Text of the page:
73 Wn.2d 944, TADEK W. OLPINSKI, Respondent, v. JOSEPH R. CLEMENT, Appellant

[No. 39055. Department Two.      Supreme Court      June 6, 1968.]


[1] Automobiles - Right of Way - Right of Favored Driver. When entering an intersection, a favored driver is entitled to rely on the disfavored driver's yielding the right of way, and even if it becomes apparent to him that the right of way will not be yielded, he is entitled to a reasonable reaction time to permit him to act in the exercise of due care.

[2] Negligence - Contributory Negligence - Burden of Proof. Contributory negligence is an affirmative defense with the burden of proof resting on the defendant.

[3] Trial - Taking Case From Jury - Sufficiency of Evidence - Waiver. A party's failure to challenge the sufficiency of the opposing party's evidence, either by moving for a directed verdict or by excepting to instructions which submitted the issue to the jury, was not held to constitute either a waiver of a later challenge or an invitation to commit error where the record clearly disclosed the insufficiency of the evidence and there was no indication that there was any speculation on the verdict or nurturing of grounds for a reversal.

[4] New Trial - Discretion of Court - Orders Granting or Denying -Distinction. A trial court's order granting or denying a new trial is not to be reversed except for an abuse of discretion, and a much stronger showing is required to reverse an order granting a new trial than is required to reverse an order denying a new trial.

[5] Same - Grounds - Substantial Justice. A trial court has the power in the exercise of its discretion to grant a new trial where substantial justice has not been done.

Appeal from a judgment of the Superior Court for King County, No. 599556, George H. Freese, J., entered March 25, 1966. Affirmed.

Action for damages. Defendant appeals from the granting of a new trial after a verdict in his favor.

Horswill, Keller, Rohrback, Waldo & Moren and Dwayne A. Richards, for appellant.

Bogle, Gates, Dobrin, Wakefield & Long and Robert V. Holland, for respondent.


What began as an ordinary, run-of-the-

* Reported in 442 P.2d 260.

Judge Bradford is serving as a judge pro tempore of the Supreme Court pursuant to Art. 4, 2(a) (amendment 38), state constitution.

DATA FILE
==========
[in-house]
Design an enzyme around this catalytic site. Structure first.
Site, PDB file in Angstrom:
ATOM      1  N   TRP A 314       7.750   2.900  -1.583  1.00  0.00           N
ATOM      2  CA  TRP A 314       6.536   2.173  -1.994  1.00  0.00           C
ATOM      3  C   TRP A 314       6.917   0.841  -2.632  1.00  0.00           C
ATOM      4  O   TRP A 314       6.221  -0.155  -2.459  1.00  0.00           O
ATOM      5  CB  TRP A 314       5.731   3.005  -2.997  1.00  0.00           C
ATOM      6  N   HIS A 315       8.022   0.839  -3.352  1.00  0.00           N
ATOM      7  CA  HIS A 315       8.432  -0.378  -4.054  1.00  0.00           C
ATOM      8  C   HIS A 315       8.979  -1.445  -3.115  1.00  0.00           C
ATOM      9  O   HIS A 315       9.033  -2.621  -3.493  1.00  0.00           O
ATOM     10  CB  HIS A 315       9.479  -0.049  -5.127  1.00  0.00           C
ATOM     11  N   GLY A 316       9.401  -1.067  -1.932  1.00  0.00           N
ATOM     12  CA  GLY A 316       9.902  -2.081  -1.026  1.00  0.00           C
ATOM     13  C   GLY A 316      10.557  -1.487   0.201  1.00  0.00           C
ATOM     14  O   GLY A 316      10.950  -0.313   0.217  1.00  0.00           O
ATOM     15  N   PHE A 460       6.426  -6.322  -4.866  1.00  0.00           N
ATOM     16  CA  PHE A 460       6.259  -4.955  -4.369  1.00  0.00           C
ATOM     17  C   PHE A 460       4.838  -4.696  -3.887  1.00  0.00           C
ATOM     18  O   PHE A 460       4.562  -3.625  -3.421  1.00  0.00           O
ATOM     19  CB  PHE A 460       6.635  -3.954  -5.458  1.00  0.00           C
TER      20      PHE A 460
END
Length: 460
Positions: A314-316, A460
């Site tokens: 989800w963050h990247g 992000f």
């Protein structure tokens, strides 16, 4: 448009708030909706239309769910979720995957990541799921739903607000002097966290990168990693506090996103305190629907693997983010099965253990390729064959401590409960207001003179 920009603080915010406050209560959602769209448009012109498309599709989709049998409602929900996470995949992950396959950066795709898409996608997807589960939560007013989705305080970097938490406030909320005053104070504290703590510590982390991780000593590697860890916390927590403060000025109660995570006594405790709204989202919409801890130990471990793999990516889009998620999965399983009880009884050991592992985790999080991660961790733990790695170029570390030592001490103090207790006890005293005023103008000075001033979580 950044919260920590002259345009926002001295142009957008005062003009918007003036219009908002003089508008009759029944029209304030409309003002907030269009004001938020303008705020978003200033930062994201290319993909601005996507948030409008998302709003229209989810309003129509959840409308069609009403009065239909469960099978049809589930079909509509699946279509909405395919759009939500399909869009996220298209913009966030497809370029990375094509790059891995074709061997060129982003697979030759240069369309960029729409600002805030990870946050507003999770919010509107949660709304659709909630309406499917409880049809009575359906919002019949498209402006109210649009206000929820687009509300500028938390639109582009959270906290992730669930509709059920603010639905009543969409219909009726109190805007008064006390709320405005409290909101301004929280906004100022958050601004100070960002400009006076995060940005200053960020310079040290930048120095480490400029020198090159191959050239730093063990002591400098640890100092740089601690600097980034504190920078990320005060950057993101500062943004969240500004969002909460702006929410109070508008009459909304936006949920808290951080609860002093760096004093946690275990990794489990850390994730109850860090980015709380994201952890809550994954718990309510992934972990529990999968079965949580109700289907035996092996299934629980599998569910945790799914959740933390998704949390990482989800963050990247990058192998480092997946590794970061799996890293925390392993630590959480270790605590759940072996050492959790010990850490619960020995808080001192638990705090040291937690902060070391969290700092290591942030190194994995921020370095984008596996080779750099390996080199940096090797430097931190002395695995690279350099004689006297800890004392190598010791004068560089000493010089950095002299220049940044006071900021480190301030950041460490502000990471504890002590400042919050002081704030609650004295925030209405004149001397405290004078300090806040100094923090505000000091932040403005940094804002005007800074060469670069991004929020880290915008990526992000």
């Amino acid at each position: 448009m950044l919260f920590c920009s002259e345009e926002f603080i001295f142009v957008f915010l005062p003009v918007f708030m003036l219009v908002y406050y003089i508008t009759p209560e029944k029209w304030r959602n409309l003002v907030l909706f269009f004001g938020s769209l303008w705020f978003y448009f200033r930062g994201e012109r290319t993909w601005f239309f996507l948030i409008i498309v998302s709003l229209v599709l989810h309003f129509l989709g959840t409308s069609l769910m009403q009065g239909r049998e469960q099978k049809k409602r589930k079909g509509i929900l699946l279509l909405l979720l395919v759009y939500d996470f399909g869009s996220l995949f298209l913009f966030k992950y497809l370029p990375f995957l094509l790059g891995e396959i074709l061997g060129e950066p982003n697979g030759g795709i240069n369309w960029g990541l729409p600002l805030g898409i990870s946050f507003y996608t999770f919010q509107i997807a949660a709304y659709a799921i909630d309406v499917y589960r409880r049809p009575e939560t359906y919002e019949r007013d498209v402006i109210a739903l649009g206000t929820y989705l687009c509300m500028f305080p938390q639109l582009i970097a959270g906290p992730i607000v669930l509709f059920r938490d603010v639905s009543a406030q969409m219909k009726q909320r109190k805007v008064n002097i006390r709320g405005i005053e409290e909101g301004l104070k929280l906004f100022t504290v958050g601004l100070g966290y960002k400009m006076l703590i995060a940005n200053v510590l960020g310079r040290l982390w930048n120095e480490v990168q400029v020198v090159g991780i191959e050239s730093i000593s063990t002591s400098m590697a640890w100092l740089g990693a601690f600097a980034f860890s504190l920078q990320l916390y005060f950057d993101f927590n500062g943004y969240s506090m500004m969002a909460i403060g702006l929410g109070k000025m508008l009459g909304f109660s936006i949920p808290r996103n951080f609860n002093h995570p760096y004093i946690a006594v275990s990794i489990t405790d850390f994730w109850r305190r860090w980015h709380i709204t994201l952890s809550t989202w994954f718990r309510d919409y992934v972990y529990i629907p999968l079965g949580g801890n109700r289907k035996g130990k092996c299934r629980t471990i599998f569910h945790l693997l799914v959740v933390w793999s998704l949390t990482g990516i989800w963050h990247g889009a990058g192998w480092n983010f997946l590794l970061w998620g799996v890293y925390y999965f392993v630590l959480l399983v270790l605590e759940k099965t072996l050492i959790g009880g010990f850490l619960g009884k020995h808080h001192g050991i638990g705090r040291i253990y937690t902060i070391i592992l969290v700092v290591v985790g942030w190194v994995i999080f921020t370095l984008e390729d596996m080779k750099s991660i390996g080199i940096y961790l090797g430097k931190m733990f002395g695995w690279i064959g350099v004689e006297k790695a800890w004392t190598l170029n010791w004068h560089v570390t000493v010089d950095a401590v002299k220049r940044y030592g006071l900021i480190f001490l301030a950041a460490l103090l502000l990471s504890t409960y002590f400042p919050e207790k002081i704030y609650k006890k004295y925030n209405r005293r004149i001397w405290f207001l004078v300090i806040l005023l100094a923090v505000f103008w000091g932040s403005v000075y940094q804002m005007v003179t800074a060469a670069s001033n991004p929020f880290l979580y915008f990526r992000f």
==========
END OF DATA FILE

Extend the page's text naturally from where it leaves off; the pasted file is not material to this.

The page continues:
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mill intersection automobile accident has now become deeply involved in the nebulous and highly sensitive area surrounding the interpretation of Rule of Pleading, Practice and Procedure 59.04W, RCW vol. 0. The accident occurred about 3:30 p.m. on November 23, 1962, at the uncontrolled intersection of 26th Avenue West and West Armour Street in Seattle. Olpinski, the plaintiff, was the favored driver, and was proceeding south on 26th Avenue West, and Clement, the defendant, was driving west on West Armour Street. Defendant's vehicle struck plaintiff's vehicle in the left door and rear-quarter panel.

Plaintiff alleged in his complaint that the defendant was negligent in failing to yield the right of way to plaintiff's vehicle. The answer alleged that plaintiff was guilty of contributory negligence, which was a proximate cause of the accident. Plaintiff replied, denying any contributory negligence. The defendant confessed his negligence in his opening statement to the jury and, therefore, the case was tried and submitted to the jury on the issues of contributory negligence and damages only. The jury returned a verdict in favor of the defendant. Plaintiff made a motion for judgment notwithstanding the verdict or for a new trial.

After hearing argument, the court entered an order denying plaintiff's motion for judgment n.o.v., but granted plaintiff's motion for a new trial. The pertinent portion of the order reads as follows:

     It is hereby ordered, adjudged and decreed:

     . . . .

     That the plaintiff's motion for a new trial be and the same hereby is granted for the following reasons:

     1. There was no evidence upon which the jury was justified in finding any contributory negligence on the part of the plaintiff.

     2. That the jury obviously misinterpreted the facts of the accident since, with the defendant having admitted negligence, the evidence clearly indicated that the plaintiff was free of fault. There was no evidence or reasonable inference from evidence that the plaintiff did not keep a proper lookout as he approached and entered the

 946    OLPINSKI v. CLEMENT      [73 Wn.2d 944

intersection. That there was therefore no evidence or reasonable inference from the evidence to justify the verdict.

3. That the jury did not follow the instructions given to them by the court since under the facts of the case as developed at the trial a correct application of the law should have resulted in a verdict for the plaintiff.

4. That substantial justice has not been done in that the relative positions of the cars at time of impact indicates that the plaintiff was free of contributory negligence and that the other evidence likewise indicates.

Defendant commenced a timely appeal and assigns error to the grant of the new trial for the following reasons:

(a) The case did present a jury question as to the contributory negligence on the part of the plaintiff.

(b) Plaintiff took no exceptions to the court's instructions, which included several (including some requested by plaintiff), on the issue of plaintiff's contributory negligence.

(c) Plaintiff made no motion for a directed verdict.

(d) The jury verdict for the defendant constituted substantial justice.

(e) No prejudicial error was committed in the course of trial.

We have searched the record, and we are unable to find sufficient evidence to justify submission of the issue of contributory negligence to the jury. The complete testimony of the plaintiff concerning the accident consists of a portion of the cross-examination:

Q. Mr. Olpinski, how fast were you going at the time of the accident?

A. At the time of the accident I was driving in low gear, which I estimate a speed around between eight and ten miles.

Q. And you never saw the other car, did you?

A. I did not.